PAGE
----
Throughout this blog, there will be posts that define important terms to know when understanding credit cards. These posts and definitions will be summarized on my glossary page.
In theory, the Annual Percentage Rate (APR) is the interest rate charged annually on the outstanding balance of a credit card. For instance, if a particular credit card had an APR of 15%, and there was a $100 outstanding balance on that account for a year, the interest charged would be $15. However, when applied in actuality, it’s not so simply.
See, nearly all credit cards charge interest DAILY based on the DAILY outstanding balance using a Daily Periodic Rate (DPR). This is found by taking the card’s APR and dividing it by 365 days per year, generally round to the nearest 1/100,000th of 1%. So, going back to our example of 15% APR, the DPR would be 15% ÷ 365 = 0.041009589, rounded to the nearest 1/100,000th is 0.04101 interest charged on the daily balance. This may not sound like much, but with the effect of compounding interest added DAILY, it grows to be a big number quickly.
What’s compounding interest? Stay tuned for a future post that defines and illustrates the astonishing effect of compounding interest.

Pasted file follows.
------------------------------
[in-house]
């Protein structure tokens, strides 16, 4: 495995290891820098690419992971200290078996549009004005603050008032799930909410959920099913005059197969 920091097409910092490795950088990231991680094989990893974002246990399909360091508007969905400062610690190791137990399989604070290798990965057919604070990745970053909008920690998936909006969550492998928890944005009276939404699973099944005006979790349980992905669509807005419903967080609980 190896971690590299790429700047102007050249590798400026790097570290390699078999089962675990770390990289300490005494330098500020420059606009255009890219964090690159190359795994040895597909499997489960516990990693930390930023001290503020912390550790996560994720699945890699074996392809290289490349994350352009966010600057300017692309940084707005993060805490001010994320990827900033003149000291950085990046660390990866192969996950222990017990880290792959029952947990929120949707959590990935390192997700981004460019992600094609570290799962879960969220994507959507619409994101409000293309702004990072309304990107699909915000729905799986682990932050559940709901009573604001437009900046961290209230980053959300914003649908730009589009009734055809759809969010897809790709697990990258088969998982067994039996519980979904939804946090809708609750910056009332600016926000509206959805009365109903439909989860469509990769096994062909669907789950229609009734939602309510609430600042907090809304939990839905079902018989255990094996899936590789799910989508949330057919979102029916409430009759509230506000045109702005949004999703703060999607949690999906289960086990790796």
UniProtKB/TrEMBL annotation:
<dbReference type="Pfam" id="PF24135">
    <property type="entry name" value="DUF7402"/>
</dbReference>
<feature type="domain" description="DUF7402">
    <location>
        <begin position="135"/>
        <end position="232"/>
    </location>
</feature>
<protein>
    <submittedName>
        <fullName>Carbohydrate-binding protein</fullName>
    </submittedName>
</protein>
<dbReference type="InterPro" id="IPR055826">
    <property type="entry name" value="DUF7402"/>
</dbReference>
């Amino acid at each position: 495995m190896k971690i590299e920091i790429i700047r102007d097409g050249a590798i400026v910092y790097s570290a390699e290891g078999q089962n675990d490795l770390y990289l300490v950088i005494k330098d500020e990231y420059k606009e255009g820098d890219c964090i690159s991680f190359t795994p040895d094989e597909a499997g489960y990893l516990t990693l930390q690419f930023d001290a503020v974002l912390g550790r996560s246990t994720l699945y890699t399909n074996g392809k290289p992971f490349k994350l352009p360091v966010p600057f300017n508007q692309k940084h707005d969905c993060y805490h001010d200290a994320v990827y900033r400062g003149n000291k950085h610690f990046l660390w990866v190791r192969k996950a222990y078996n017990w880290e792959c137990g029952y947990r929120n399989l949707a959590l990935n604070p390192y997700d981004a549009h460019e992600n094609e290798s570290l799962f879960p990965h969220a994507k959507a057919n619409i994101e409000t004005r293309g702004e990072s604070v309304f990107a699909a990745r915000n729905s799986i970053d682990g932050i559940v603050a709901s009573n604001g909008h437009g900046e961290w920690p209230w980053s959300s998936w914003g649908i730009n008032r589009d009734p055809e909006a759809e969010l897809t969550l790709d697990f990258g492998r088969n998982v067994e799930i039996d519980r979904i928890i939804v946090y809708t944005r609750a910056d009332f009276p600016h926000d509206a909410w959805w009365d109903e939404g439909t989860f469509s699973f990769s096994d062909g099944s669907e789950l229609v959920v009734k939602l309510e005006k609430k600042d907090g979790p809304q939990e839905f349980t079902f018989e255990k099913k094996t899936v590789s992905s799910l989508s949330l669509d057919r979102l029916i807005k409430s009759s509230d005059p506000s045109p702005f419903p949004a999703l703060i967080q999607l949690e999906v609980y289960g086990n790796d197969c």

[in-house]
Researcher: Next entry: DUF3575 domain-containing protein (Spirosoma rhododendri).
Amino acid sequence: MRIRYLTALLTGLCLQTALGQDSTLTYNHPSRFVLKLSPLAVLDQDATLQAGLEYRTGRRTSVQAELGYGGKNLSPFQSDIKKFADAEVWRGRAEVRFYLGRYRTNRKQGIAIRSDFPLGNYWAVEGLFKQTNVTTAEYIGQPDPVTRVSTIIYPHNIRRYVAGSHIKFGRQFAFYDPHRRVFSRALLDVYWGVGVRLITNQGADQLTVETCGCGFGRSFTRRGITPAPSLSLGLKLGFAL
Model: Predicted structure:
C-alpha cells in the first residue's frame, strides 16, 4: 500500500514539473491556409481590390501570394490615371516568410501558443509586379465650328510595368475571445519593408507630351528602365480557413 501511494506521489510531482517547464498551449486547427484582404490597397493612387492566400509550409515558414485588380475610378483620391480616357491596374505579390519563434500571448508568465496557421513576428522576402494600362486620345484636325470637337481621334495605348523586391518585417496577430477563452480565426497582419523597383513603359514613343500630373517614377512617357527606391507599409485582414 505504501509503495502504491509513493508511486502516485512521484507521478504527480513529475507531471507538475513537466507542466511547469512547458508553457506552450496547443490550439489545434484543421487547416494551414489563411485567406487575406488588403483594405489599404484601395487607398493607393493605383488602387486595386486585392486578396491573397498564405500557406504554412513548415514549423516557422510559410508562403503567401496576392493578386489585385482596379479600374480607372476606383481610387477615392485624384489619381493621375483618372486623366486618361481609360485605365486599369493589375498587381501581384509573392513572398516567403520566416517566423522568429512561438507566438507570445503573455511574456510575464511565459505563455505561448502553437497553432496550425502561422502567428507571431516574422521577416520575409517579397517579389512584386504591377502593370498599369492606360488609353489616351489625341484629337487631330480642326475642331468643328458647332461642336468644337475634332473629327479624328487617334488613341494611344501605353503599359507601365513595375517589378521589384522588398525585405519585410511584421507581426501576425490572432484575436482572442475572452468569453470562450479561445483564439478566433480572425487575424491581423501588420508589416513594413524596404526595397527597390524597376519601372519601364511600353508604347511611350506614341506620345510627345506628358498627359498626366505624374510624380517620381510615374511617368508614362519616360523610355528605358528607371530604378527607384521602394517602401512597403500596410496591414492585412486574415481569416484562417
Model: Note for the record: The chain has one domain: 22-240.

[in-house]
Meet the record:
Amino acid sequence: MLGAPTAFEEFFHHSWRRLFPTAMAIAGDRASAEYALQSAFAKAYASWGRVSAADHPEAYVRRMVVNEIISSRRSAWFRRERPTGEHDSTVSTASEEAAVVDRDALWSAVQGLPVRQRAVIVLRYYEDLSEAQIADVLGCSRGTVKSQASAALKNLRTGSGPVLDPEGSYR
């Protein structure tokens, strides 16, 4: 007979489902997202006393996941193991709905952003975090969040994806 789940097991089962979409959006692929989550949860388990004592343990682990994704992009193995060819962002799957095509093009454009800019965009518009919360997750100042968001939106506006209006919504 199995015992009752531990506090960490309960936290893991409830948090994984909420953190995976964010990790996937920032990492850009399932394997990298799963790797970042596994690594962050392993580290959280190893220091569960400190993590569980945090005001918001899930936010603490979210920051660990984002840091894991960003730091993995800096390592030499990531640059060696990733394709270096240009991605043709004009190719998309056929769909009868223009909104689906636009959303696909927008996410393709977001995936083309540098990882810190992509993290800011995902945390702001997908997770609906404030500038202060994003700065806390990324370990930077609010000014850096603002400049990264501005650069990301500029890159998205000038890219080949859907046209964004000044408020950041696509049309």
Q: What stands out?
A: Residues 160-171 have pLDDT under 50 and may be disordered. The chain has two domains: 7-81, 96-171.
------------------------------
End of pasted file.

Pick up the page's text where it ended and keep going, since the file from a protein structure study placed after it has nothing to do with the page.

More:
So, at the end of the day, the APR is actually just used to find and calculate the DPR, and actual interest charged on a credit card balance can end up being way more than the stated APR. Buyer (a.k.a. credit card holder) beware!
A graphic found on Bank of America’s website that simplifies how the APR relates to the DPR.
Hurricane Sandy struck on Monday, October 29. By 1:03a, Tuesday, October 30, I received an email from Wells Fargo stating late fees would be waived on credit cards, consumer and certain small business loans, including home-equity, auto and student loans. What a nice gesture towards those hit by Sandy.
The email also advised me that “Fees normally charged to you for using another bank’s ATMs when you use another bank’s ATM in Maryland, Virginia, Washington, D.C., Delaware, Pennsylvania, New York, New Jersey and Connecticut” will be waived.
Wow, Wells Fargo! Really earning some consumer brownie points. These two acts of financial compassion during a disaster will ultimately affect their income, but this was the least they could do to “help during these difficult times.”
But then, 24 hours later, I receive an email from Bank of America.
I’m fed up with the countless credit card offers I receive…daily. I am spending one year documenting all the offers I receive to demonstrate the severity of the problem and how it relates to the larger American credit card debt crisis.
My goals are to highlight the fine print in these offers and ideally educate others regarding the danger of credit cards and the financial havoc they can wreak.